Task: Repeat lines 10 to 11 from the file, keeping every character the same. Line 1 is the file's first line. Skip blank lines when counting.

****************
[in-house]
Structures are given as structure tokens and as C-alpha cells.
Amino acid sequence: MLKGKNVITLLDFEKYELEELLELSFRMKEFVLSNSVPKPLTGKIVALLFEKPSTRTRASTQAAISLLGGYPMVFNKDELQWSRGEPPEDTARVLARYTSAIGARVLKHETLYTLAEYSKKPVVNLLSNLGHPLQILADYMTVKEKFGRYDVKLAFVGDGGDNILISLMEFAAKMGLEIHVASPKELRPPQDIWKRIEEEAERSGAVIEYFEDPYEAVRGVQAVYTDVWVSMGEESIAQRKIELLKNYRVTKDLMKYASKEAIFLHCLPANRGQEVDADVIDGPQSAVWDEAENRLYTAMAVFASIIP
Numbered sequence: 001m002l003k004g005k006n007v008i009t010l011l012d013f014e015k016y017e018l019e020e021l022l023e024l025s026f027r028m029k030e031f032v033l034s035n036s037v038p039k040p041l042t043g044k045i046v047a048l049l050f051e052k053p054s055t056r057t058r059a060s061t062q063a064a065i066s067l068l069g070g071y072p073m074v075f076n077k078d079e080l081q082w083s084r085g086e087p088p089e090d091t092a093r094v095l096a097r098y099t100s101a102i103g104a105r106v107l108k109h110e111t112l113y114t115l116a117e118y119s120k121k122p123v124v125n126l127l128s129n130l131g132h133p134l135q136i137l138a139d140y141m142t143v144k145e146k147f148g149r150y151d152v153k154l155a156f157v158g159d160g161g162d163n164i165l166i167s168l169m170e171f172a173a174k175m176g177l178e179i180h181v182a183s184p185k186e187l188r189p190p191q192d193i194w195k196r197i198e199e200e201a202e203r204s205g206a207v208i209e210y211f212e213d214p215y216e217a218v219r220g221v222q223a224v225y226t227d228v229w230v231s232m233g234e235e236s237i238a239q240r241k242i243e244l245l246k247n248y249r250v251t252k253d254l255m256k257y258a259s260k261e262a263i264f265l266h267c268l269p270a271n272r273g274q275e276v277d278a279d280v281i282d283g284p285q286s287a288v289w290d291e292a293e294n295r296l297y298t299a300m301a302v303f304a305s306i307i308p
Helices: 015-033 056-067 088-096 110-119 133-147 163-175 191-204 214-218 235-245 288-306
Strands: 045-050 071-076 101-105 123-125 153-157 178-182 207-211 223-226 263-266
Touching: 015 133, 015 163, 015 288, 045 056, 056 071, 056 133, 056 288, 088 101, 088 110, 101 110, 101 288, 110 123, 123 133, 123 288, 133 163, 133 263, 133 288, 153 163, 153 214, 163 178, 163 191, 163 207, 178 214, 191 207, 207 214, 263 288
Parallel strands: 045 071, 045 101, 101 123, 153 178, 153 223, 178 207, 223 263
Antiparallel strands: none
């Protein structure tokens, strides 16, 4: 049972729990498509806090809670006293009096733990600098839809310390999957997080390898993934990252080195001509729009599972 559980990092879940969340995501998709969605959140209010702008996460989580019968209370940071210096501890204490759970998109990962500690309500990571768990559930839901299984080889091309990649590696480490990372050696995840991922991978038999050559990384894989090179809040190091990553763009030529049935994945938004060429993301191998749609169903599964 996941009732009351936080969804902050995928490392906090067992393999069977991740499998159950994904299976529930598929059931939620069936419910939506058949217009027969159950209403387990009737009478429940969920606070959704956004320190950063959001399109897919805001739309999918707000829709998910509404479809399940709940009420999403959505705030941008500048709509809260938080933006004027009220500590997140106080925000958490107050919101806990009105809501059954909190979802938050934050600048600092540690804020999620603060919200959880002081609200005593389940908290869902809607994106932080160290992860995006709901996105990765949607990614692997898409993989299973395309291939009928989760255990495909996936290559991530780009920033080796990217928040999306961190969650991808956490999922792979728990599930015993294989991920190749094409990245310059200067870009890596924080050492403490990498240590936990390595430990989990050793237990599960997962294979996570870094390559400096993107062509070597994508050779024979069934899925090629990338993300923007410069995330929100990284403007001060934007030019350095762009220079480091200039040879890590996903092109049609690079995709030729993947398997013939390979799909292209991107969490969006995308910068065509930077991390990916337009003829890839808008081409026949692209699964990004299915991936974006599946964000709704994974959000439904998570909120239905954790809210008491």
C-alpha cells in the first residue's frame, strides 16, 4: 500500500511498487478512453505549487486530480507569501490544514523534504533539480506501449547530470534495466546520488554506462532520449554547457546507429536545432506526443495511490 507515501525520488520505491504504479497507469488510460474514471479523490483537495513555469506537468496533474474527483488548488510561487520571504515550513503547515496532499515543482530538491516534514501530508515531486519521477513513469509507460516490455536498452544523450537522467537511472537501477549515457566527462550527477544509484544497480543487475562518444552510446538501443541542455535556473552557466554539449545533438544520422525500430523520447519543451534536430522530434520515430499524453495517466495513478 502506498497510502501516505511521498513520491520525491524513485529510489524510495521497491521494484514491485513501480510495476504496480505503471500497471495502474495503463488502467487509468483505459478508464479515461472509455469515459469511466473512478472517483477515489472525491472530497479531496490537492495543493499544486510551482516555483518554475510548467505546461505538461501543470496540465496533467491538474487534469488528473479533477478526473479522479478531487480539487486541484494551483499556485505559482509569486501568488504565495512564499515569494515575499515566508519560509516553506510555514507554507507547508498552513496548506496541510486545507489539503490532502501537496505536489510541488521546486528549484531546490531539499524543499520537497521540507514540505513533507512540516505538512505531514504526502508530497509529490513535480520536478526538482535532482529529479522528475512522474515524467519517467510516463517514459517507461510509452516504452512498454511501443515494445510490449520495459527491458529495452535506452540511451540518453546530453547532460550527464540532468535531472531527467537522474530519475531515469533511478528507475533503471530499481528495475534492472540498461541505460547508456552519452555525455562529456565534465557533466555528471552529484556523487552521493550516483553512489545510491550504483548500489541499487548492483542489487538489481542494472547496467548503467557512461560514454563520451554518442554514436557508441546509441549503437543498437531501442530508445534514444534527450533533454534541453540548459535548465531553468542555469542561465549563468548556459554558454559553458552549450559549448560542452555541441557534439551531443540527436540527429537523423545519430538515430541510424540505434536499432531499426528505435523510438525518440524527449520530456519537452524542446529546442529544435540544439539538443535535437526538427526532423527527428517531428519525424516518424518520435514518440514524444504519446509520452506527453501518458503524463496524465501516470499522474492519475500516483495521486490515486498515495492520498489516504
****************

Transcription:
């Protein structure tokens, strides 16, 4: 049972729990498509806090809670006293009096733990600098839809310390999957997080390898993934990252080195001509729009599972 559980990092879940969340995501998709969605959140209010702008996460989580019968209370940071210096501890204490759970998109990962500690309500990571768990559930839901299984080889091309990649590696480490990372050696995840991922991978038999050559990384894989090179809040190091990553763009030529049935994945938004060429993301191998749609169903599964 996941009732009351936080969804902050995928490392906090067992393999069977991740499998159950994904299976529930598929059931939620069936419910939506058949217009027969159950209403387990009737009478429940969920606070959704956004320190950063959001399109897919805001739309999918707000829709998910509404479809399940709940009420999403959505705030941008500048709509809260938080933006004027009220500590997140106080925000958490107050919101806990009105809501059954909190979802938050934050600048600092540690804020999620603060919200959880002081609200005593389940908290869902809607994106932080160290992860995006709901996105990765949607990614692997898409993989299973395309291939009928989760255990495909996936290559991530780009920033080796990217928040999306961190969650991808956490999922792979728990599930015993294989991920190749094409990245310059200067870009890596924080050492403490990498240590936990390595430990989990050793237990599960997962294979996570870094390559400096993107062509070597994508050779024979069934899925090629990338993300923007410069995330929100990284403007001060934007030019350095762009220079480091200039040879890590996903092109049609690079995709030729993947398997013939390979799909292209991107969490969006995308910068065509930077991390990916337009003829890839808008081409026949692209699964990004299915991936974006599946964000709704994974959000439904998570909120239905954790809210008491």
C-alpha cells in the first residue's frame, strides 16, 4: 500500500511498487478512453505549487486530480507569501490544514523534504533539480506501449547530470534495466546520488554506462532520449554547457546507429536545432506526443495511490 507515501525520488520505491504504479497507469488510460474514471479523490483537495513555469506537468496533474474527483488548488510561487520571504515550513503547515496532499515543482530538491516534514501530508515531486519521477513513469509507460516490455536498452544523450537522467537511472537501477549515457566527462550527477544509484544497480543487475562518444552510446538501443541542455535556473552557466554539449545533438544520422525500430523520447519543451534536430522530434520515430499524453495517466495513478 502506498497510502501516505511521498513520491520525491524513485529510489524510495521497491521494484514491485513501480510495476504496480505503471500497471495502474495503463488502467487509468483505459478508464479515461472509455469515459469511466473512478472517483477515489472525491472530497479531496490537492495543493499544486510551482516555483518554475510548467505546461505538461501543470496540465496533467491538474487534469488528473479533477478526473479522479478531487480539487486541484494551483499556485505559482509569486501568488504565495512564499515569494515575499515566508519560509516553506510555514507554507507547508498552513496548506496541510486545507489539503490532502501537496505536489510541488521546486528549484531546490531539499524543499520537497521540507514540505513533507512540516505538512505531514504526502508530497509529490513535480520536478526538482535532482529529479522528475512522474515524467519517467510516463517514459517507461510509452516504452512498454511501443515494445510490449520495459527491458529495452535506452540511451540518453546530453547532460550527464540532468535531472531527467537522474530519475531515469533511478528507475533503471530499481528495475534492472540498461541505460547508456552519452555525455562529456565534465557533466555528471552529484556523487552521493550516483553512489545510491550504483548500489541499487548492483542489487538489481542494472547496467548503467557512461560514454563520451554518442554514436557508441546509441549503437543498437531501442530508445534514444534527450533533454534541453540548459535548465531553468542555469542561465549563468548556459554558454559553458552549450559549448560542452555541441557534439551531443540527436540527429537523423545519430538515430541510424540505434536499432531499426528505435523510438525518440524527449520530456519537452524542446529546442529544435540544439539538443535535437526538427526532423527527428517531428519525424516518424518520435514518440514524444504519446509520452506527453501518458503524463496524465501516470499522474492519475500516483495521486490515486498515495492520498489516504